The new Constitution of Russia was adopted by national referendum on 12 December 1993, following the 1993 Russian constitutional crisis.
According to the Constitution Russia is a federation and formally a semi-presidential republic, wherein the President is the head of the state and the Prime Minister is the head of the government. The Russian Federation is fundamentally structured as a representative democracy. Executive power is exercised by the government. Legislative power is vested in the two chambers of the Federal Assembly.
The federal government is composed of three branches: legislative, executive and judiciary.
Legislative branch is the bicameral Federal Assembly, which is made up of the State Duma and the Federation Council. The Federal Assembly adopts federal law, declares war, approves treaties, has the power of the purse, and has the power of impeachment, by which it can remove the President.
Executive branch is the President. The president is the commander-in-chief of the military, can veto legislative bills before they become law, and appoints the Cabinet and other officers, who administer and enforce federal laws and policies.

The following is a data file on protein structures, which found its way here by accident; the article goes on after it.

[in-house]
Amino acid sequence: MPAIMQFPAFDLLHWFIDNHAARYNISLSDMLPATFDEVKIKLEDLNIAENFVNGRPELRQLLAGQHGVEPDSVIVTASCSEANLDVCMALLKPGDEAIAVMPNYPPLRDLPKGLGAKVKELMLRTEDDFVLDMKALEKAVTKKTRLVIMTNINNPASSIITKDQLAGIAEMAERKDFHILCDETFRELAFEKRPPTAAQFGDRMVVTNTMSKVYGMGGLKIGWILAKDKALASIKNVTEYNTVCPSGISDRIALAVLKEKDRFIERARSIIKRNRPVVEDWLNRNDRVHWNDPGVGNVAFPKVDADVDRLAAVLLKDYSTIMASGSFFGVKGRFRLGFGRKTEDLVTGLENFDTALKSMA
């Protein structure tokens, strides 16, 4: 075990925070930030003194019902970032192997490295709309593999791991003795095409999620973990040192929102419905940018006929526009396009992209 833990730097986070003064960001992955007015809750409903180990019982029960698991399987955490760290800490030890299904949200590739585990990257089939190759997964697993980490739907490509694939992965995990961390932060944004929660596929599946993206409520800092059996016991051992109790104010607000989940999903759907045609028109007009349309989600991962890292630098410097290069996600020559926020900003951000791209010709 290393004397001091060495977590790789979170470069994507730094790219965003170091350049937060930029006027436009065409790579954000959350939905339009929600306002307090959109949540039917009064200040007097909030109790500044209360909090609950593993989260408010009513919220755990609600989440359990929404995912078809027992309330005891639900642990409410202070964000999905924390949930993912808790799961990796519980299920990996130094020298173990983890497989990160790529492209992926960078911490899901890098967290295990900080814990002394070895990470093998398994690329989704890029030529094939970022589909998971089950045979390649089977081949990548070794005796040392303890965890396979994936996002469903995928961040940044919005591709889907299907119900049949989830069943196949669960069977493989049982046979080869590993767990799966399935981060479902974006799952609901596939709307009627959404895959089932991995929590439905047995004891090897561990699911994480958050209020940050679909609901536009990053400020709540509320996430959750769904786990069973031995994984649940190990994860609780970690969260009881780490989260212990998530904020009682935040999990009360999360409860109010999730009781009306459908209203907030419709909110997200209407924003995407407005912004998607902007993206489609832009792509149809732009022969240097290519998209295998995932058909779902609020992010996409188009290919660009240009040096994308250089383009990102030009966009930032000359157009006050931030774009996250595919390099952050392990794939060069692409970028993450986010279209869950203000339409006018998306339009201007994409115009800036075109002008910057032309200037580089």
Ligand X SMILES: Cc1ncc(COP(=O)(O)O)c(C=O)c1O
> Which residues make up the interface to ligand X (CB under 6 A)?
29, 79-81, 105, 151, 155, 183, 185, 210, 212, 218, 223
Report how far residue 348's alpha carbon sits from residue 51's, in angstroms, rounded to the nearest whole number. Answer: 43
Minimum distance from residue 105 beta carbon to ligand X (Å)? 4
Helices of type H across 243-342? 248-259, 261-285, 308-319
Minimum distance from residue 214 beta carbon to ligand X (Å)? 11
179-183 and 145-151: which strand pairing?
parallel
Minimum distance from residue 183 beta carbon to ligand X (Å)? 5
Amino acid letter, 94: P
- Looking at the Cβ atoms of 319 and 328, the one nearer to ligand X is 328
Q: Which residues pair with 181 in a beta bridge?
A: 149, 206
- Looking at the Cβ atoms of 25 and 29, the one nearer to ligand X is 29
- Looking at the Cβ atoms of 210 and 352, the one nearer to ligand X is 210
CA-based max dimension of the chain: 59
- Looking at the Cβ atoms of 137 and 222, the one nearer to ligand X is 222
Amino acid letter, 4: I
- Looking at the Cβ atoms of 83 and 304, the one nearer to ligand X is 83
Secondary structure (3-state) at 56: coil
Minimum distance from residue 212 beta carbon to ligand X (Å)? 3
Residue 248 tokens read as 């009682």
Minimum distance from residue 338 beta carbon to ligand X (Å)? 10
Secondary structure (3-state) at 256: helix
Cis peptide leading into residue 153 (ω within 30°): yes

Judiciary branch includes The Constitutional Court, Supreme Court, Supreme Court of Arbitration and lower federal courts, whose judges are appointed by the Federation Council on the recommendation of the president, interpret laws and can overturn laws they deem unconstitutional.
The president is elected by popular vote for a four – year term. Ministries of the government are composed of the premier and his deputies, ministers, and selected other individuals; all are appointed by the president on the recommendation of the Prime Minister (whereas the appointment of the latter requires the consent of the State Duma).
Leading political parties in Russia include United Russia, the Communist Party, the Liberal Democratic Party of Russia. and Fair Russia.
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